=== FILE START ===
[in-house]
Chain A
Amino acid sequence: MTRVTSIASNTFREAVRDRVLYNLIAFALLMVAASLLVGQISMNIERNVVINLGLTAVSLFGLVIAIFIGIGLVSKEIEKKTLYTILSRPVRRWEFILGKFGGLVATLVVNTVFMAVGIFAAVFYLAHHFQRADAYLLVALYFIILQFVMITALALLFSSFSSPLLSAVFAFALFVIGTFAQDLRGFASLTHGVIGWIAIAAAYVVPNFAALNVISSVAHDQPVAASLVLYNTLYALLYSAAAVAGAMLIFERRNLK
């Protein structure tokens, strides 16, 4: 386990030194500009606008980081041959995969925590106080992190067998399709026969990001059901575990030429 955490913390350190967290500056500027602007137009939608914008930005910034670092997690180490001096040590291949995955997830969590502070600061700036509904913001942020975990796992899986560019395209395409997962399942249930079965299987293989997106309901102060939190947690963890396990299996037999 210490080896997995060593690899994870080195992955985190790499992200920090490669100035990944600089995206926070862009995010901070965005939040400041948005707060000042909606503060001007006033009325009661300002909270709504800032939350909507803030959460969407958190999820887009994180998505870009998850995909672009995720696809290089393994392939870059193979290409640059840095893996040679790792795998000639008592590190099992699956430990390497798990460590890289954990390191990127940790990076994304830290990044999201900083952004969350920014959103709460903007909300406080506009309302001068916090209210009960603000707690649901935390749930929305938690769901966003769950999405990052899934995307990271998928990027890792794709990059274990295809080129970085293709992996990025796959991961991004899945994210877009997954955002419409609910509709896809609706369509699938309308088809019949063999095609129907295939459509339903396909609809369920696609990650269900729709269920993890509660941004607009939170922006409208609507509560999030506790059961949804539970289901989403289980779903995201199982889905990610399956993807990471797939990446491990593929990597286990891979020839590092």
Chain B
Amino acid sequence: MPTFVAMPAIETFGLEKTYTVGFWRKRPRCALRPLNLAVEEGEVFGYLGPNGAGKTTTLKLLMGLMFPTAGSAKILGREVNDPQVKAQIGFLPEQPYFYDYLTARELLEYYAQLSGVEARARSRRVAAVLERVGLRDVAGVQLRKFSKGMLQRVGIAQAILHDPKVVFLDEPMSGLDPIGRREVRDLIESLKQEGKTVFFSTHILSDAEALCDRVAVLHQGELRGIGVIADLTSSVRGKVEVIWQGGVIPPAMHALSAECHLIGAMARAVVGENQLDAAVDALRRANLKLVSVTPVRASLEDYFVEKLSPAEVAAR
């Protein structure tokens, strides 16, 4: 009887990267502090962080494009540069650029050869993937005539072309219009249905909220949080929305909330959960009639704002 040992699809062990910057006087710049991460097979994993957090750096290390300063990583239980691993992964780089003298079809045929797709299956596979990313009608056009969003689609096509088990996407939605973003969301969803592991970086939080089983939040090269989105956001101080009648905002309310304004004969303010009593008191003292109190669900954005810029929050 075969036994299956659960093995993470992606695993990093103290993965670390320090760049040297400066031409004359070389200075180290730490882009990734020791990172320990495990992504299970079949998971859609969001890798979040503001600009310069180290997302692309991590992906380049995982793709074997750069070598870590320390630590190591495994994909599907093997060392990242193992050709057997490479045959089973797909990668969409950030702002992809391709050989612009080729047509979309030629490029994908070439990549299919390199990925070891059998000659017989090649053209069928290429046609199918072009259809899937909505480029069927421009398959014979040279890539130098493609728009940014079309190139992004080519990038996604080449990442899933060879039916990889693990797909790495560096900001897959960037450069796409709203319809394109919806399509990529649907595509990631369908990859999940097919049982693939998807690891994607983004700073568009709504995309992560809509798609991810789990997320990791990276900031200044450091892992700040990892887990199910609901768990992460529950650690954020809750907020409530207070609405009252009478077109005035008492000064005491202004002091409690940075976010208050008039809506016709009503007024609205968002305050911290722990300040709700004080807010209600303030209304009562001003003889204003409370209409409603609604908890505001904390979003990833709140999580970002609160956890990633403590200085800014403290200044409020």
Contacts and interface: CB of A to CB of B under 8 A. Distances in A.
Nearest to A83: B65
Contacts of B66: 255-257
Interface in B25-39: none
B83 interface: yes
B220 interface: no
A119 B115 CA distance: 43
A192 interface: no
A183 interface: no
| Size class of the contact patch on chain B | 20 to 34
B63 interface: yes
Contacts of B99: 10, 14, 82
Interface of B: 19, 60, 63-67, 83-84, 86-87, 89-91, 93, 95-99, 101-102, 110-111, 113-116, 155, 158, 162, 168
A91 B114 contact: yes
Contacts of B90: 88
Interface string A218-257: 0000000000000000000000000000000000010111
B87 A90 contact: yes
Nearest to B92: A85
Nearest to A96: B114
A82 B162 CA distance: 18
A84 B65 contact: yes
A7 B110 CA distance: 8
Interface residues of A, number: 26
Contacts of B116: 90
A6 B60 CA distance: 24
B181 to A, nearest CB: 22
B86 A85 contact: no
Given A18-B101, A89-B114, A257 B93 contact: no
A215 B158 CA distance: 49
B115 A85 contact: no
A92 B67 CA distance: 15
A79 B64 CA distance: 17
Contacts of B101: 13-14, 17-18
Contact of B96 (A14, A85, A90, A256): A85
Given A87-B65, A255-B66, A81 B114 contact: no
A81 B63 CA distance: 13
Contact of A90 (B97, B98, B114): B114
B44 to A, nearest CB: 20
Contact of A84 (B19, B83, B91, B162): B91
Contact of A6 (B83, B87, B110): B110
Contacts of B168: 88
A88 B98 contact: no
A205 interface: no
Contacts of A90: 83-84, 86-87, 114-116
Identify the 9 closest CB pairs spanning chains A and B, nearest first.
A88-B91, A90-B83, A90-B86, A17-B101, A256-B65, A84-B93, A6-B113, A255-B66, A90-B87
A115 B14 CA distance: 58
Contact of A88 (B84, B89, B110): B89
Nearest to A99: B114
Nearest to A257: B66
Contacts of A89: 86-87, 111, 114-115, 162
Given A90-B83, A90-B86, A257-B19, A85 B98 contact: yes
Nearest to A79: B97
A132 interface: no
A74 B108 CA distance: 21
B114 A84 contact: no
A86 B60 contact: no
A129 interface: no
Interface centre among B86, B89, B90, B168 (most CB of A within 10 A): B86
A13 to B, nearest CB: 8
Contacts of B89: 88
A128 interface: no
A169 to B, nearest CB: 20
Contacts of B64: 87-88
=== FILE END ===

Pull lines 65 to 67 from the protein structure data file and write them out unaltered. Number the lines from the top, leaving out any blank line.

A129 interface: no
Interface centre among B86, B89, B90, B168 (most CB of A within 10 A): B86
A13 to B, nearest CB: 8